The Kings County Department of Public Health started offering seasonal influenza vaccines yesterday (Wednesday), with the first Corcoran clinic slated for later this month.
At its Hanford site, the health department will provide flu shots Monday, Tuesday, Thursday and Friday between 8-11 a.m. and from 1-4 p.m., by appointment; and walk-ins only on Walk-In Wednesday between 7:30 a.m. and 5:30 p.m. The health department building is located at 330 Campus Drive.
The first Corcoran clinic will be held Tuesday, Oct. 27. At the health department building located at 1002 Dairy Ave. A second local clinic will be held Nov. 24 and the final clinic will take place in Corcoran Dec. 22. All three will be held between 1-4 p.m.
There will also be clinics scheduled in Avenal and Lemoore for those who cannot attend the local clinics.
The U.S. Centers for Disease Control and Prevention, the California Department of Public Health and the Kings County Department of Public Health all recommend that everyone over the age of six months get a flu vaccine. The CDC website states that the vaccine is safe and effective.
In particular, public health officials are encouraging all parents to immunize their young children in an effort to protect them and prevent the spread of influenza. Children under five years of age, whether healthy or not, are more likely to have complications or hospitalizations associated with seasonal influenza.
“We continue to have people in high-risk categories that are not vaccinated, despite the fact that the vaccine is widely available, not only at the health department, but at many other places throughout Kings County,” said Dr. Michael MacLean, the county’s top health official. “young children under the age of five are much less capable of practicing good cough and hand hygiene and therefore they are much more likely to contract and spread influenza.”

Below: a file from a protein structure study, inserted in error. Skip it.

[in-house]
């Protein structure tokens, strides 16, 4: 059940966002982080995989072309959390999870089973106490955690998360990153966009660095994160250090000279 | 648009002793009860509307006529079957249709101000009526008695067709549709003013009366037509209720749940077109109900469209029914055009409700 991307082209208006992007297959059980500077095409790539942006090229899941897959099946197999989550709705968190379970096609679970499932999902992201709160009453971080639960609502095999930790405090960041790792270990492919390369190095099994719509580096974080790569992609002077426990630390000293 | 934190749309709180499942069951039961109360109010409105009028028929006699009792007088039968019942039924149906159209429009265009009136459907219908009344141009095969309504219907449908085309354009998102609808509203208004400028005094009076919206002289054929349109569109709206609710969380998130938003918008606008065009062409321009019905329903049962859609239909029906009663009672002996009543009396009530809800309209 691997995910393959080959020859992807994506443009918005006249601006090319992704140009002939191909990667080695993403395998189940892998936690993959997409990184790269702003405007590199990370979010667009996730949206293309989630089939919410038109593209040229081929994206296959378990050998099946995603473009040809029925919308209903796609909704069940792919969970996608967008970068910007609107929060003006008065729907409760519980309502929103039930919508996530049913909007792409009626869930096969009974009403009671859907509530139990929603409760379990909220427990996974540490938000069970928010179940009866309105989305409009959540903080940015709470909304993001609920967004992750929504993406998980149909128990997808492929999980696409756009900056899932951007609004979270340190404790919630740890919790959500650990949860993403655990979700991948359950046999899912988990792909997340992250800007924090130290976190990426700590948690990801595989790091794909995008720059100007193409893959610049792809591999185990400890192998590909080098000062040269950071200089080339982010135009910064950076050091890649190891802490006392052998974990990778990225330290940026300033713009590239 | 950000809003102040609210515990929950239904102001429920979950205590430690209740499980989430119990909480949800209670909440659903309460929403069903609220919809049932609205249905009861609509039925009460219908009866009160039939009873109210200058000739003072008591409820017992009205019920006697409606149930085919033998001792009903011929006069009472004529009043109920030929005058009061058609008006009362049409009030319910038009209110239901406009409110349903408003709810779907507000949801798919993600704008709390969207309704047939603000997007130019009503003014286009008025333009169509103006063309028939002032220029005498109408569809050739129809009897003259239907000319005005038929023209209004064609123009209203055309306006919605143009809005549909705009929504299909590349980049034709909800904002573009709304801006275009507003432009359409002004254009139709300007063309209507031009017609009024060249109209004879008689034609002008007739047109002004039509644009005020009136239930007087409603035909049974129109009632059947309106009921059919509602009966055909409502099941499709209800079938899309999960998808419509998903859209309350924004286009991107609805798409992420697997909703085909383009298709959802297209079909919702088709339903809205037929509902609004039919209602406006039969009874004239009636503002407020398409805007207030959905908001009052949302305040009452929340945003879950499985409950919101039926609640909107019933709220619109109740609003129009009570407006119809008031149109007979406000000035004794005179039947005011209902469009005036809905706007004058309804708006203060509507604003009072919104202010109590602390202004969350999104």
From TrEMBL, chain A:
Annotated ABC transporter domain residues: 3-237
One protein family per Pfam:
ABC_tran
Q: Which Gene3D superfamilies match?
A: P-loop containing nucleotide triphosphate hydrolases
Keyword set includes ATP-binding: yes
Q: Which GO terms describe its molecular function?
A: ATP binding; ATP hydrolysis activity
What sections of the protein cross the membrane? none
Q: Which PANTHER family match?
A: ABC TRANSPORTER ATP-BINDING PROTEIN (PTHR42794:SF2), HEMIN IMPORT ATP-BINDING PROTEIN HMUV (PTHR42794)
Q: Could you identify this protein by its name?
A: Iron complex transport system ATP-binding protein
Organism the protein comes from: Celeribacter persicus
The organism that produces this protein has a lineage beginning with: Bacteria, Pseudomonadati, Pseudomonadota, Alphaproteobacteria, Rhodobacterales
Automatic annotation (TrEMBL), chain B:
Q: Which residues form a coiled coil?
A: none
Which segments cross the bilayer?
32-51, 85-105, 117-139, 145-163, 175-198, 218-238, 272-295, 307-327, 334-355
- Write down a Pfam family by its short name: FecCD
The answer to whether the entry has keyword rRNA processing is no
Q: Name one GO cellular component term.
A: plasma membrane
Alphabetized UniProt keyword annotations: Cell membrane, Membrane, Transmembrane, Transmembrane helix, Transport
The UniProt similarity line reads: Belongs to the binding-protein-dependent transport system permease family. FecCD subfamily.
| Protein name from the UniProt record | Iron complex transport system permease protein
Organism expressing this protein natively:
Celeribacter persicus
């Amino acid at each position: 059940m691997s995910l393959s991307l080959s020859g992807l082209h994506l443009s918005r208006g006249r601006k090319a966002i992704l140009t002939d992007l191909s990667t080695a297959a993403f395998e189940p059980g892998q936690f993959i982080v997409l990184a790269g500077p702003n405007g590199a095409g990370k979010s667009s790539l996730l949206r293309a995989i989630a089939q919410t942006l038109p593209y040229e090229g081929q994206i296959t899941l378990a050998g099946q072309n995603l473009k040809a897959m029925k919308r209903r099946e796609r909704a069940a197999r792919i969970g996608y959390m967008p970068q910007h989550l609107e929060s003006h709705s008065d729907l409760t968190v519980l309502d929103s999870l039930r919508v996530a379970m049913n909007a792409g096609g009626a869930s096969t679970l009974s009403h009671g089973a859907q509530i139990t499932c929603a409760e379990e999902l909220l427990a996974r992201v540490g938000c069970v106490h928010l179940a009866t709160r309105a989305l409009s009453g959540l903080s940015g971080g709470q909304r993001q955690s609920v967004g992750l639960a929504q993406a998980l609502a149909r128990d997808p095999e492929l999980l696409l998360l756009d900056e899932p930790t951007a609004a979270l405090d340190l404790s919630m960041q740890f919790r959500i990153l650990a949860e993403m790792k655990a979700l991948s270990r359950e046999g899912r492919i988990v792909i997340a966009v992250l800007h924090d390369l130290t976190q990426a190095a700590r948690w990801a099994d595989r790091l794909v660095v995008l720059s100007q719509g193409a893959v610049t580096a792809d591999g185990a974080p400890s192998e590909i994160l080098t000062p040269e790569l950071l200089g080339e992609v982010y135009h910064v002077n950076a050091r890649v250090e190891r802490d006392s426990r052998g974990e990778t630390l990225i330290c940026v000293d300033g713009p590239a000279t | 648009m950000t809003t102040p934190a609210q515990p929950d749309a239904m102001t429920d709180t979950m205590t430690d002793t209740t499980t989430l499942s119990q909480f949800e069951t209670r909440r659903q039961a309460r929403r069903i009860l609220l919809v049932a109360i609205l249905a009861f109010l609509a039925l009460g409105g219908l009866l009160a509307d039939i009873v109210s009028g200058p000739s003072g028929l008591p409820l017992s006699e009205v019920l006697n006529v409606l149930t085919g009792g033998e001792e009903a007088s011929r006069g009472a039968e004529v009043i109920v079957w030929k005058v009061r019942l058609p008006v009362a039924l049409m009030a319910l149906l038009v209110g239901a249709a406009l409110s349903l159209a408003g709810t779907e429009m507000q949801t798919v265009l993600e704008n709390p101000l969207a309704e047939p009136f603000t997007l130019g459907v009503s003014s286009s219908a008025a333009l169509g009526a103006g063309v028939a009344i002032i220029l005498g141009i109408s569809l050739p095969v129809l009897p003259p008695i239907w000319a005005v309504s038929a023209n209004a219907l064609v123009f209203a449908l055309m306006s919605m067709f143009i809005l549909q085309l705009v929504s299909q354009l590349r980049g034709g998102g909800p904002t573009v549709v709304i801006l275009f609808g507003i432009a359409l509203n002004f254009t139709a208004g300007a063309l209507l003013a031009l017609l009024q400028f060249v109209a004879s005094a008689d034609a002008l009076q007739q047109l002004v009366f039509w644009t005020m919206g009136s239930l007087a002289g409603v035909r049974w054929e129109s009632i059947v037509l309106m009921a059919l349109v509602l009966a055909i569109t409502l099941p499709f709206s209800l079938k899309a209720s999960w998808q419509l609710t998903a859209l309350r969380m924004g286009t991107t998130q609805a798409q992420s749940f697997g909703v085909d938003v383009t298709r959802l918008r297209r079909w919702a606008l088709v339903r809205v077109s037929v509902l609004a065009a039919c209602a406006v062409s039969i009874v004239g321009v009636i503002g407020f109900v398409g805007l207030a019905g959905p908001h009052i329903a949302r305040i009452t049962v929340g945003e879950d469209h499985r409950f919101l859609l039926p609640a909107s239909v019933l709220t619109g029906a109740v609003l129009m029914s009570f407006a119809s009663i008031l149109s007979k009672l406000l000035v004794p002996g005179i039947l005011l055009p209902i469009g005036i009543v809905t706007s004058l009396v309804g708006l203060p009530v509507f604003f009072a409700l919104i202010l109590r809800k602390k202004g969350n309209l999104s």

The CDC recommends the “Take 3” approach to fighting the flu:
–First, take the time to get a vaccine;
–Second, take everyday preventive actions to stop the spread of germs by limiting contact with others while sick, covering the mouth and nose with a tissue when coughing or sneezing, and put used tissue in the waste basket; cough into the upper sleeve if a tissue is not available, wash hands with soap and warm water; and
–Three, take flu antiviral drugs if a doctor prescribes them.
See a doctor if the following symptoms are present: fast or troubled breathing, blue skin, refusal to drink fluids, not waking up, a child too irritable to be held, pain or pressure in the abdomen, sudden dizziness, confusion, severe or persistent vomiting symptoms that improve, then return worse than before.